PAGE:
The Perils of Tool Overload and the Paradox of Productivity Apps

As I was publishing my second book, I found writing a post on this site, posting the book on my publishing site, sending an email announcement through a different app, publishing the files on Dropbox, adding those links to the welcome email for my other newsletter on yet another site, then setting up the print version on Blurb.

That’s when I realized I need an organizational audit.

Right now I am trying to balance three websites (this site, my publishing website, my old website that I’m going to be updating for marketing the books)… two email newsletters (one in GMass, one in Substack)… three email addresses… various social media accounts… two freelancers… and two distribution/printing companies.

Beyond that, I’m using the following apps for this project. This is not a tech stack, it’s Frankenstein’s monster.

  • Writing books in Microsoft Word, Google Docs, Scrivener, Evernote, and Bear.
  • Book layouts in Photoshop, InDesign, and Vellum.
  • Notes and research spread out across Evernote, Bear, Apple Notes, Notion, Google Sheets, and UpNote.
  • Project management in Notion, Things, Google Sheets, and Bear.
  • Communicating with freelancers in Notion, two different email accounts, Slack, and Messages.
  • Paying freelancers via three different payment platforms.

It’s way too much. Too much of everything. And this is before I begin marketing or analytics or generating revenue in earnest, which will bring a whole new set of tools and projects into the mix.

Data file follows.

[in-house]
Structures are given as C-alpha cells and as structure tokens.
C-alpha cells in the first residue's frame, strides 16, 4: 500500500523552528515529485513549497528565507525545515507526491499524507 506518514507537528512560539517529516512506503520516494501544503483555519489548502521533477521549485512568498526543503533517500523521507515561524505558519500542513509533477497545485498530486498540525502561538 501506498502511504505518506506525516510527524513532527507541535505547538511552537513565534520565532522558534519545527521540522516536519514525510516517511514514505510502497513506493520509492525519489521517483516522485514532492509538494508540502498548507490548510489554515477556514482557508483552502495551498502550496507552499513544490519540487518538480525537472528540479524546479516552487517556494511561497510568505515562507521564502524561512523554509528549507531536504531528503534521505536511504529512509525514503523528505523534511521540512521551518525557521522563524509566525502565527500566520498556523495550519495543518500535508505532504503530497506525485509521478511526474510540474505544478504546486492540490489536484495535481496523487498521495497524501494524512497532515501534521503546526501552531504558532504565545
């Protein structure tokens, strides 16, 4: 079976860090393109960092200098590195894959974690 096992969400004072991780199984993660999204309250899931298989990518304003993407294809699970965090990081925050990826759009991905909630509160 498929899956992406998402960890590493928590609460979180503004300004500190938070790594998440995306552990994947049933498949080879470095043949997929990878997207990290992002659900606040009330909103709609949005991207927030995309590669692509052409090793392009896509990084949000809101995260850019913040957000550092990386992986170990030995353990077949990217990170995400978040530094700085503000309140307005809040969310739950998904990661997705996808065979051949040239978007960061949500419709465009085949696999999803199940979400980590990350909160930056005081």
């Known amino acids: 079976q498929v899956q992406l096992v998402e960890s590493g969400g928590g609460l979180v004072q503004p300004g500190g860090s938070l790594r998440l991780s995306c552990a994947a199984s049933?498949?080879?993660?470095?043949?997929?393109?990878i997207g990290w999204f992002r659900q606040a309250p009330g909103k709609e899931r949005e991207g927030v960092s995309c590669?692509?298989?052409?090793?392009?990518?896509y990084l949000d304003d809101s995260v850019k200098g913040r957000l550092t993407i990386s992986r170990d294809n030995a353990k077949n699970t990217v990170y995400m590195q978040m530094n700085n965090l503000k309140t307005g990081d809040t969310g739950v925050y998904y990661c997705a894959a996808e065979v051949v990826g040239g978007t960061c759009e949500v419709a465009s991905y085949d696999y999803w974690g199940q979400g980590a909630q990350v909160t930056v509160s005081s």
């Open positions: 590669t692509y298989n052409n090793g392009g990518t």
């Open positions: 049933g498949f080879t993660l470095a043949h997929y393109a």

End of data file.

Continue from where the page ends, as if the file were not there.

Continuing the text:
It also leads to me spending way too much time jumping around between software and, worse, losing track of where to find files, notes, and other bits of info.

The above is symptomatic of a large, long-term project where I’m pulling in lots of material from years past. But it’s also untenable.

I have not cleaned it up because if the paradox of productivity apps.

Which is: Endlessly learning and then migrating to new productivity apps because you think this is the one that will make you more productive.

That’s my least favorite type of work but the type that can be hard to resist. There’s always a shiny new app that promises to do what your old app couldn’t. (The reason I have notes strewn across five note taking platforms is because, at some point, I’ve used all five as my primary notes app.)

I know I need to streamline. I need to pare down my tools, consolidate my sites and emails, and move to one organizational system.

My reluctance? I have promised myself I’ll do the learn and migrate dance one more time and then I’m done. So I’m taking my time to pick the right place for the migration. Which itself is another time suck. It’s a vicious cycle.

In the meantime, I’m not letting the web of nonsense slow down my push toward publishing 100 books. I’ve been making great progress on my next wave of books so hoping to publish two (if not three) more books in March.

To see what I’ve been working on daily, check the Work Log.


Get email alerts on updates

Name (optional):